};

p.map(fib).then(log)

// Logs the first 7 Fibonnaci numbers, woot!

We start by creating a new Parallel job, this time passing in a sequence of numbers. We then define the Fibonacci function. Make sure that your function is named, so that it can be serialized properly. This is only an issue if you reference that function, which we do, since it's recursive. Alternatively, we can share this function with the workers using require.

We then call map, which automagically spawns one worker for item in our list, unless we've specified a max number of workers. When our job is complete, we'll log out the first 7 Fibonacci numbers.

Now let's try a longer running job:

var p = new Parallel([40, 41, 42]),
    log = function () { console.log(arguments); };

// One gotcha: anonymous functions cannot be serialzed
// If you want to do recursion, make sure the function
// is named appropriately
function fib(n) {
  return n < 2 ? 1 : fib(n - 1) + fib(n - 2);
};

p.map(fib).then(log);

reduce

reduce applies an operation to every member of the wrapped data, and returns a scalar value produced by the operation. Use it for combining the results of a map operation, by summing numbers for example. This takes a reducing function, which gets an argument, data, an array of the stored value, and the current element.

reduce takes one required argument.

Arguments

fn
A function to apply. Receives the stored value and current element as argument. The value returned will be stored as the current value for the next iteration. Finally, the current value will be assigned to current data.

Examples

Let's compute e^10 from its series definition:

// Use underscore's range function to generate the series 0..49
var p = new Parallel(_.range(50));

function add(d) { return d[0] + d[1]; }
function factorial(n) { return n < 2 ? 1 : n * factorial(n - 1); }
function log() { console.log(arguments); }

p.require(factorial)

// Approximate e^10
p.map(function (n) { return Math.pow(10, n) / factorial(n); }).reduce(add).then(log);

We start by creating a new Parallel job, again, passing in a sequence of numbers. We then define the add function, which will be used to reduce our values. Then we define the factorial function, and use the require method to share it with all workers.

Finally, we construct a job pipeline, consisting of a map operation, where we compute the series value for each index. Finally, the data is passed to our reduce operation, where we sum the values in the list. This sum of this series will tend to approximate e^10 as its length approaches infinity.

require

require is used to share state between your workers. Require can be used to import libraries and functions into your worker threads.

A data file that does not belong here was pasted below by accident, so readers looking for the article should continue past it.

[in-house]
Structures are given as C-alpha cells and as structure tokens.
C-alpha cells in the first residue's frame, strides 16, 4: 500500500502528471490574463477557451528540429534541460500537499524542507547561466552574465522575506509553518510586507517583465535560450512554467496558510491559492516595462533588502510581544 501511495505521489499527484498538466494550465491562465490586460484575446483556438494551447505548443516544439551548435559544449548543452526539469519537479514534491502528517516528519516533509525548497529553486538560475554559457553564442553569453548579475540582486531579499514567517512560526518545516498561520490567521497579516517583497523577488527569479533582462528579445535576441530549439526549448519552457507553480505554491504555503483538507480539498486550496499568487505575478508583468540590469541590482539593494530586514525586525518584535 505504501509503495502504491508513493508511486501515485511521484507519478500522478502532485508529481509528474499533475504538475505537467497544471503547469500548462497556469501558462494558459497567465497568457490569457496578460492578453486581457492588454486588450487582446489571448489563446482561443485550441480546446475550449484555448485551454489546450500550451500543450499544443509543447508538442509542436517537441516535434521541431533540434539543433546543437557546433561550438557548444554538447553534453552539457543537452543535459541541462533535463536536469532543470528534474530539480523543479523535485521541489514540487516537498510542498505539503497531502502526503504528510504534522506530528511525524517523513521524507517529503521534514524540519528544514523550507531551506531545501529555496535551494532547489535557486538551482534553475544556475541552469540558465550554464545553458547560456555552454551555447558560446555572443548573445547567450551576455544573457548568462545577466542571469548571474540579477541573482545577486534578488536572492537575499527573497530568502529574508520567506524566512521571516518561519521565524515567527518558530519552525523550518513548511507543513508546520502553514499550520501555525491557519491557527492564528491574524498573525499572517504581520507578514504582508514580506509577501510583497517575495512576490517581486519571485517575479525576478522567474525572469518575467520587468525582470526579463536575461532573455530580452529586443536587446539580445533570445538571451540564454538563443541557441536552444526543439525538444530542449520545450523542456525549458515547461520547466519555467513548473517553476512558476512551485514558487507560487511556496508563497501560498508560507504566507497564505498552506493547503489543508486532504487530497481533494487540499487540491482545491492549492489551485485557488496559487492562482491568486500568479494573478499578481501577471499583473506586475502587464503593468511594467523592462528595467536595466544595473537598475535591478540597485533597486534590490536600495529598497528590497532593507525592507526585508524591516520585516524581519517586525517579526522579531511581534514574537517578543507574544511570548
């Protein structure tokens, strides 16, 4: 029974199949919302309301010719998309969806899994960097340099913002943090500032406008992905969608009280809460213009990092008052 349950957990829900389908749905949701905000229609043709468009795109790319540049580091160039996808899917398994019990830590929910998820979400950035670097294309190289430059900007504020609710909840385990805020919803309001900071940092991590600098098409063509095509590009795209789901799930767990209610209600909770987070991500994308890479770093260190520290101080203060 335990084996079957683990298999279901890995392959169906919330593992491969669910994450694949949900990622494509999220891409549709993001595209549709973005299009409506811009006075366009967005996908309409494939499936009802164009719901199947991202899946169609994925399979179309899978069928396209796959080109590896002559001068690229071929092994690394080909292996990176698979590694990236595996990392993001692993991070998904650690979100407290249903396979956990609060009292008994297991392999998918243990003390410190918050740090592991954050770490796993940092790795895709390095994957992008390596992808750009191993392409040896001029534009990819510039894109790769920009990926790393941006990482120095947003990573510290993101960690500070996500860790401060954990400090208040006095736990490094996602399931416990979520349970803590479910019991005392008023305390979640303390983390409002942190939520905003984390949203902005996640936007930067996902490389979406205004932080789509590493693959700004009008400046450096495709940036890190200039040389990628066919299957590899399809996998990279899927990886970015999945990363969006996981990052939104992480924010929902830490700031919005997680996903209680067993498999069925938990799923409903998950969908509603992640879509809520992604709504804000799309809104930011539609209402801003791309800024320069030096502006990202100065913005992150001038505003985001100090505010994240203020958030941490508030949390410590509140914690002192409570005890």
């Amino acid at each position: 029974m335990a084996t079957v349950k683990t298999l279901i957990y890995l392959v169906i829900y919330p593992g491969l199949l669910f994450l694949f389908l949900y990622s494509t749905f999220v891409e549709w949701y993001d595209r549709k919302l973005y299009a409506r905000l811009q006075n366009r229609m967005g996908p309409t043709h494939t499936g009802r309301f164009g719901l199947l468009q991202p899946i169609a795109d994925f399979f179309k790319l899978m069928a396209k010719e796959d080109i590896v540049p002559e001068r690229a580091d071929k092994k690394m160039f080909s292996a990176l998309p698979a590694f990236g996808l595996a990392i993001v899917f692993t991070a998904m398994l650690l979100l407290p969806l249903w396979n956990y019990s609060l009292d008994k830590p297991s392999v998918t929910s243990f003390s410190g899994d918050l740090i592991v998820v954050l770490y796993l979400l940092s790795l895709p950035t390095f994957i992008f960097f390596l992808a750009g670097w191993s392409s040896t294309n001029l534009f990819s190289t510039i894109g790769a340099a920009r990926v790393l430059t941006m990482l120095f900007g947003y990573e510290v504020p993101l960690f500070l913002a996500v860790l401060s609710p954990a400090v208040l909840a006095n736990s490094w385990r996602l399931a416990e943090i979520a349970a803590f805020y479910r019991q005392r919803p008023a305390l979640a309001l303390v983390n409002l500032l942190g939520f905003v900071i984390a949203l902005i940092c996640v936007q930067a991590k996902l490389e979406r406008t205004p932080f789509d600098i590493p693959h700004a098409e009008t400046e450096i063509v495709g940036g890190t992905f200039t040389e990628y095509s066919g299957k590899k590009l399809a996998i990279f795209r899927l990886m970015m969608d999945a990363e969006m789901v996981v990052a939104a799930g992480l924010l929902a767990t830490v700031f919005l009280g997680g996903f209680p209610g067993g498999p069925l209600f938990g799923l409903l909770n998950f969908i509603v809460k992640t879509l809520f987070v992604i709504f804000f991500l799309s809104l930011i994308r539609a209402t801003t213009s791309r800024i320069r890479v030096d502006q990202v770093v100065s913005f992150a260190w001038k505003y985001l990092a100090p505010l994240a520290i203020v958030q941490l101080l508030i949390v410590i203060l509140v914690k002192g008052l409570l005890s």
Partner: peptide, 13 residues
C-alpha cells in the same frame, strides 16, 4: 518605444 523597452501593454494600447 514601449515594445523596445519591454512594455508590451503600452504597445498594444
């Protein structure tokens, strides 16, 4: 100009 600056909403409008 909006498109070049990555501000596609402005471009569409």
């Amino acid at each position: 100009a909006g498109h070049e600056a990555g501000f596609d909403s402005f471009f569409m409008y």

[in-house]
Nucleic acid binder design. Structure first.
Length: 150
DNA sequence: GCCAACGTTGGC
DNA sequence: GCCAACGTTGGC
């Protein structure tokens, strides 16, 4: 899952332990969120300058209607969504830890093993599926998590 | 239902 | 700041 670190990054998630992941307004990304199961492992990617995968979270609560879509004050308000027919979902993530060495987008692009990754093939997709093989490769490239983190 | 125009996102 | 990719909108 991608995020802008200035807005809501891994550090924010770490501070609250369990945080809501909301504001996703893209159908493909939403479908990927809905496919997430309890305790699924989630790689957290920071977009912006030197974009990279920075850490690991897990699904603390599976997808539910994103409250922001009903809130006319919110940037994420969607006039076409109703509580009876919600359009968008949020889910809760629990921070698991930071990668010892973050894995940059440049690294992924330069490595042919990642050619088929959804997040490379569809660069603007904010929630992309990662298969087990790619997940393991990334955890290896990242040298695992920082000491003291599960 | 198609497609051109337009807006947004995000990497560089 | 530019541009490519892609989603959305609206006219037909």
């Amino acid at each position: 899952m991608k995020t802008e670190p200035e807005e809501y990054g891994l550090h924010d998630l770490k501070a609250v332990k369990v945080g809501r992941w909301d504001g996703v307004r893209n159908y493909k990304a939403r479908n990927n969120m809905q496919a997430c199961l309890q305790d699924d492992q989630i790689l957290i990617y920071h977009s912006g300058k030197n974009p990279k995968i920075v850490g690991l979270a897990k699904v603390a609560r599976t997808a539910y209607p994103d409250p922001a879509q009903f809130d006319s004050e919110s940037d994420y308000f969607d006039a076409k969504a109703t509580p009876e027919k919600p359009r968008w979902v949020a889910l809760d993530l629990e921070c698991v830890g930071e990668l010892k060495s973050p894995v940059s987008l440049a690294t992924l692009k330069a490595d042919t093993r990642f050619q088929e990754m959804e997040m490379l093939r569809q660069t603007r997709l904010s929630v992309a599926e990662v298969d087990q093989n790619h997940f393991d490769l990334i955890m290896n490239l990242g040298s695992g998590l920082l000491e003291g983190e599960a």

require takes any number of arguments, either functions or strings. If the argument is a function it will be converted into a string and included in your worker.

Important: If you pass functions into require they must be named functions. Anonymous functions will not work. If you wish to pass anonymous functions, you may do so by declaring them with an object literal of the form, { fn: myAnonFn, name: 'myAnonFn' }.

Example:

var wontWork = function (n) { return n * n; };

function worksGreat(n) { return n * n };

var r = new Parallel(3).require(wontWork).spawn(function (a) { return 2 * wontWork(a); }, 3);  // throws an error

var r = new Parallel(3).require(worksGreat).spawn(function (a) { return 2 * worksGreat(a); }, 3); // returns 18

var r = new Parallel(3).require({ fn: wontWork, name: 'wontWork' }).spawn(function (a) { return 2 * wontWork(a); }, 3); // returns 18

Passing files as arguments to require

`require` also accepts files as requirements. These should be passed as strings. The string may either be a url of the file you want to include or an absolute path.

Important: When requring files in the browser or node, you will need to be sure to include eval.js, and provide a path via the evalPath option in the constructor.

Examples

Include path to eval.js
p = new Parallel([2, 3, 3], { evalPath: 'js/eval.js' });
Absolute url:
p.require('http://mydomain.com/js/script.js')
Absolute path (assuming my document lives in http://mydomain.com/index.html)
p.require('js/script.js')
Does not work (yet)
p.require('../js/script.js')

Important: browser security restrictions prevent loading files over the file protocol, so you will need to run an http server in order to load local files.

Personally, I like the npm package, http-server. This can be installed and run pretty easily:

$ npm install http-server -g
$ cd myproject
$ http-server .